Monday, July 15, 2013

Sunlight Boosts Nitric Oxide Production, Lowers Risk of Heart disease, Stroke

Skin exposure to sunshine boosts nitric oxide production and that is a good thing. And researchers have found that the  nitric oxide levels were independent of vitamin D levels. Sunlight triggers healthy metabolism that can reduce the risk of heart disease and stroke.

But many people are worried that they will get melanoma, the most deadly form of skin cancer, if they should get sun exposure without a sun screen. Sun exposure reduces the risk of many conditions and studies show the benefits of sun exposure outweighs the risks. In regards to dying from skin cancer, studies show your risk is 80 times lower on average than your risk of dying from a heart attack or stroke. So it makes sense to work at  lowering your risk for heart attacks and strokes, with getting some sun exposure. 

A recent study by Dr. Weller et al, has some very important conclusions. We need sun exposure as well as good vitamin D blood levels, from sun and from dietary sources to be well. 

Dr. Weller ,lead researcher is quoted as saying:

"We suspect that the benefits to heart health of sunlight will outweigh the risk of skin cancer. The work we have done provides a mechanism that might account for this, and also explains why dietary vitamin D supplements alone will not be able to compensate for lack of sunlight."

I recommend, unless you conciously fit in time for sun exposure that can be proven to give you a vitamin D level above 120 nmol/l, than get as much sun as possible and take a good quality supplement of Vitamin D3, followed with regular blood tests to verify you are getting enough.

There is more here on how to normalize borderline or high blood pressure, the importance of vitamin D, the real incidence of melanoma and the dangerous effects of fructose on the body.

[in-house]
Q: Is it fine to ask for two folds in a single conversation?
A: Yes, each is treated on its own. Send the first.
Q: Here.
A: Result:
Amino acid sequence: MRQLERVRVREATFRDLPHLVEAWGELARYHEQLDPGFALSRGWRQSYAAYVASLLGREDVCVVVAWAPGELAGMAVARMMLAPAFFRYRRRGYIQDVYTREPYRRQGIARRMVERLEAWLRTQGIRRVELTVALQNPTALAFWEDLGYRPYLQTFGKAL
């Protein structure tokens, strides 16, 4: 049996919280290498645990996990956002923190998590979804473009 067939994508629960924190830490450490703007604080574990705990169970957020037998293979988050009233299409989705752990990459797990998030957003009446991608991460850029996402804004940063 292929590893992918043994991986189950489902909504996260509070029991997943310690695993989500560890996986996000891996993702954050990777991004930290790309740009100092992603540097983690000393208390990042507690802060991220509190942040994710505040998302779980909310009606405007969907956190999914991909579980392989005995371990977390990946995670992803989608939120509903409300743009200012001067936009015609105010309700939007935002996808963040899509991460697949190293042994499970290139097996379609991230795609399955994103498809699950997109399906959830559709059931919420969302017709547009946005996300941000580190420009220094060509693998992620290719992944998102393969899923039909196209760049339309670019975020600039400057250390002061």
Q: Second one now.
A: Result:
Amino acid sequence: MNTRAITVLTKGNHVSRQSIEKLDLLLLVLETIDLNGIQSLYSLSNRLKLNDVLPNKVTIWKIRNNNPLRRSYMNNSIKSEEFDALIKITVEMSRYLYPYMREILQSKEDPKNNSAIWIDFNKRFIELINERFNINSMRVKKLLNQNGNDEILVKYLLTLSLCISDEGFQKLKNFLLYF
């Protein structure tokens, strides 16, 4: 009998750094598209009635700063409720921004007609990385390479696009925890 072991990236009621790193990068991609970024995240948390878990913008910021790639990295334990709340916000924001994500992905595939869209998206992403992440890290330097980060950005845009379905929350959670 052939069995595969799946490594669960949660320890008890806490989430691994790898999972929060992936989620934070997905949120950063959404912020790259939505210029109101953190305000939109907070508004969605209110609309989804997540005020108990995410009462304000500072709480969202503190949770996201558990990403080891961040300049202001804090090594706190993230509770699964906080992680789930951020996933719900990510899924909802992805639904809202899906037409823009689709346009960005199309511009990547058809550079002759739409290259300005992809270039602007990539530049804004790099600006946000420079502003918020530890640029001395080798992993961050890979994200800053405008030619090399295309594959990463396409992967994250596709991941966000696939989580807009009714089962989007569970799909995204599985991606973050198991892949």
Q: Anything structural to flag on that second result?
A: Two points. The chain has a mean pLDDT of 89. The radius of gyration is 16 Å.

To Your Health
Dr. Barbara

UVA lowers blood pressure and vasodilates the systemic arterial vasculature by mobilisation of cutaneous nitric oxide stores

D Liu,1 BO Fernandez,3 NN Lang,2 JM Gallagher,4 DE Newby,2 M Feelisch3 and RB Weller1,5 1Dermatology, University of Edinburgh, Edinburgh, United Kingdom,2Cardiology, University of Edinburgh, Edinburgh, United Kingdom3Medicine, University of Southampton, Southampton, United Kingdom4Leithmount Surgery, Edinburgh, United Kingdom and 5Centre for Inflammation Research, University of Edinburgh, Edinburgh, United Kingdom
The incidence of hypertension and cardiovascular disease (CVD) correlates with latitude and rises in winter. Population vitamin D levels inversely correlate with CVD, but oral supplementation does not alter CVD rates. Skin contains large stores of nitrite(NO2) and nitrate(NO3). Nitrate is biologically inert, but can be photo-reduced to active NO2 and nitric oxide (NO). The dermal vasculature enables rapid systemic dispersal of NO2 and NO.We hypothesised that ultraviolet A (UVA) mobilises NO bioactivity from skin to circulation to exert beneficial cardiovascular effects. Vit’ D is a marker for sunlight exposure. 24 healthy volunteers were sham (temp’ control) irradiated then actively irradiated with 20 J/cm2 UVA. Mean arterial pressure (MAP) fell and heart rate rose during active but not sham irrad’n (3.50±0.73 mmHg vs 2.80±0.98). The MAP fall was sustained for 50 mins in the active group only. Temperature rise was the same in both groups. Circulatory nitrite rose (0.50±0.04 μM to 0.72±0.04 μM p<0.001) and nitrate fell (11.79± 0.64 μM to 8.99±0.40 μM (p<0.001)) during active, but not sham irradiation. There was no change in circulating vitamin D levels. 12 volunteers had forearm blood flow (FBF) measured by venous plethysmography while 8 μmol/min of the NOS antagonist L-NMMA was infused to the brachial artery. FBF rose during active but not sham irradiation (23.7±6.5 % over baseline vs no change p<.0002). Physiological levels of UVA irradiation cause systemic vasodilation and lower BP in a vitamin D and NOS independent manner. Deaths from CVD and stroke are 60 to 100 times higher than from skin cancers in northern Europe. This study provides a mechanistic explanation for the inverse correlation between sunlight exposure and CVD mortality. Sunlight has beneficial effects independently of vitamin D synthesis.